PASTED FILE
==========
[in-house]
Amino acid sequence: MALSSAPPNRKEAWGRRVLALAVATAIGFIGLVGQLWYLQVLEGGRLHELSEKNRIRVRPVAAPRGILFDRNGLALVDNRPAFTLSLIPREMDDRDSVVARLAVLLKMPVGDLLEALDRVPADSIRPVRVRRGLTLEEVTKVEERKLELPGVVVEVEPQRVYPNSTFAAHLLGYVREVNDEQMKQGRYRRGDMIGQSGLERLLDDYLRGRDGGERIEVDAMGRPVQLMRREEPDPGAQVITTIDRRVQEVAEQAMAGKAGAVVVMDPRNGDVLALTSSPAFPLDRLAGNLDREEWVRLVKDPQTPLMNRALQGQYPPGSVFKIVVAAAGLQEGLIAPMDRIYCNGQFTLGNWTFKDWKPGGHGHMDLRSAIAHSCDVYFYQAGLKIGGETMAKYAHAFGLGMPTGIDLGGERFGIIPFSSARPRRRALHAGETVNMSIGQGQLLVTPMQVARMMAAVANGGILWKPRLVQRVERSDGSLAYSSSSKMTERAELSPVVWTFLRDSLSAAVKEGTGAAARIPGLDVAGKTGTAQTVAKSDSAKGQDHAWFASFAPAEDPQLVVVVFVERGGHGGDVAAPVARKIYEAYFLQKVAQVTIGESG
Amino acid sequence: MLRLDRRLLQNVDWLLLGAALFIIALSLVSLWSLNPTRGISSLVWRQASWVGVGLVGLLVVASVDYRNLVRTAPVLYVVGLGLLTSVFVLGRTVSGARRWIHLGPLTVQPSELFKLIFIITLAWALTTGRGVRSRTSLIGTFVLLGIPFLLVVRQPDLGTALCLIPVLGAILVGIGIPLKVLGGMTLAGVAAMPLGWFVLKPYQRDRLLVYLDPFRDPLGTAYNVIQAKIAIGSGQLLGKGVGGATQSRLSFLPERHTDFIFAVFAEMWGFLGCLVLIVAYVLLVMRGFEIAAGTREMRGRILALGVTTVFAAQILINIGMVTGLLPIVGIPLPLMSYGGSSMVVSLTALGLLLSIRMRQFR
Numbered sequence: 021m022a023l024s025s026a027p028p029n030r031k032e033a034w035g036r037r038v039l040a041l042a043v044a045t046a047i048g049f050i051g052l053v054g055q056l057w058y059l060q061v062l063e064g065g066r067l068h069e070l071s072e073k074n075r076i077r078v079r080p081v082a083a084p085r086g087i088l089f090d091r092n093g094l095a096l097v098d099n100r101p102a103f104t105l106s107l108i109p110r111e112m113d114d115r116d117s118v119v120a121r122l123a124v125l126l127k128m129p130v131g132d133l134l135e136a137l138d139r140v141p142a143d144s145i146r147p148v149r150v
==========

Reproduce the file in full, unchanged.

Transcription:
[in-house]
Amino acid sequence: MALSSAPPNRKEAWGRRVLALAVATAIGFIGLVGQLWYLQVLEGGRLHELSEKNRIRVRPVAAPRGILFDRNGLALVDNRPAFTLSLIPREMDDRDSVVARLAVLLKMPVGDLLEALDRVPADSIRPVRVRRGLTLEEVTKVEERKLELPGVVVEVEPQRVYPNSTFAAHLLGYVREVNDEQMKQGRYRRGDMIGQSGLERLLDDYLRGRDGGERIEVDAMGRPVQLMRREEPDPGAQVITTIDRRVQEVAEQAMAGKAGAVVVMDPRNGDVLALTSSPAFPLDRLAGNLDREEWVRLVKDPQTPLMNRALQGQYPPGSVFKIVVAAAGLQEGLIAPMDRIYCNGQFTLGNWTFKDWKPGGHGHMDLRSAIAHSCDVYFYQAGLKIGGETMAKYAHAFGLGMPTGIDLGGERFGIIPFSSARPRRRALHAGETVNMSIGQGQLLVTPMQVARMMAAVANGGILWKPRLVQRVERSDGSLAYSSSSKMTERAELSPVVWTFLRDSLSAAVKEGTGAAARIPGLDVAGKTGTAQTVAKSDSAKGQDHAWFASFAPAEDPQLVVVVFVERGGHGGDVAAPVARKIYEAYFLQKVAQVTIGESG
Amino acid sequence: MLRLDRRLLQNVDWLLLGAALFIIALSLVSLWSLNPTRGISSLVWRQASWVGVGLVGLLVVASVDYRNLVRTAPVLYVVGLGLLTSVFVLGRTVSGARRWIHLGPLTVQPSELFKLIFIITLAWALTTGRGVRSRTSLIGTFVLLGIPFLLVVRQPDLGTALCLIPVLGAILVGIGIPLKVLGGMTLAGVAAMPLGWFVLKPYQRDRLLVYLDPFRDPLGTAYNVIQAKIAIGSGQLLGKGVGGATQSRLSFLPERHTDFIFAVFAEMWGFLGCLVLIVAYVLLVMRGFEIAAGTREMRGRILALGVTTVFAAQILINIGMVTGLLPIVGIPLPLMSYGGSSMVVSLTALGLLLSIRMRQFR
Numbered sequence: 021m022a023l024s025s026a027p028p029n030r031k032e033a034w035g036r037r038v039l040a041l042a043v044a045t046a047i048g049f050i051g052l053v054g055q056l057w058y059l060q061v062l063e064g065g066r067l068h069e070l071s072e073k074n075r076i077r078v079r080p081v082a083a084p085r086g087i088l089f090d091r092n093g094l095a096l097v098d099n100r101p102a103f104t105l106s107l108i109p110r111e112m113d114d115r116d117s118v119v120a121r122l123a124v125l126l127k128m129p130v131g132d133l134l135e136a137l138d139r140v141p142a143d144s145i146r147p148v149r150v